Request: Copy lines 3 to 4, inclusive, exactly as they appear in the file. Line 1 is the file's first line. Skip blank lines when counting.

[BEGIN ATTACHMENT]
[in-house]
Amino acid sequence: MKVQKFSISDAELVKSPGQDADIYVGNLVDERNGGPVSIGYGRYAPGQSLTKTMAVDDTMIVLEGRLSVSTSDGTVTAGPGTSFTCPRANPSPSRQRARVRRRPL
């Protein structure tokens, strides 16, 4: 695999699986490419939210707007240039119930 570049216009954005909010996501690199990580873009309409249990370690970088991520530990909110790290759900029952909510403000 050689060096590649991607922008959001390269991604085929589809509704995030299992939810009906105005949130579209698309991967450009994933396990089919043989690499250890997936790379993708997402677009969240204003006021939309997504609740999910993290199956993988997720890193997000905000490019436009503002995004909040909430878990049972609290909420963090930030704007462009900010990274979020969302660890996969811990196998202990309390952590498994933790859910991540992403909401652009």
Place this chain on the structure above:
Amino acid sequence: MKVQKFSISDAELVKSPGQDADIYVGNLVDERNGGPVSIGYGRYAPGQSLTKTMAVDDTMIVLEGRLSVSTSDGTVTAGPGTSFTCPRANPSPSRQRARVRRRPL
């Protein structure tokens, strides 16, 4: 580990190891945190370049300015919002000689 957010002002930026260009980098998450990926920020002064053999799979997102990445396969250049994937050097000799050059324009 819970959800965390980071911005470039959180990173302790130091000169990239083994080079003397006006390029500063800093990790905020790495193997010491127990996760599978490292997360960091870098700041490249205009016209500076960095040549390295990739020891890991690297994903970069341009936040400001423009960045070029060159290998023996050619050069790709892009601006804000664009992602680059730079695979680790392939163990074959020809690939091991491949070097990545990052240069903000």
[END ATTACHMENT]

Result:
């Protein structure tokens, strides 16, 4: 695999699986490419939210707007240039119930 570049216009954005909010996501690199990580873009309409249990370690970088991520530990909110790290759900029952909510403000 050689060096590649991607922008959001390269991604085929589809509704995030299992939810009906105005949130579209698309991967450009994933396990089919043989690499250890997936790379993708997402677009969240204003006021939309997504609740999910993290199956993988997720890193997000905000490019436009503002995004909040909430878990049972609290909420963090930030704007462009900010990274979020969302660890996969811990196998202990309390952590498994933790859910991540992403909401652009």
Place this chain on the structure above: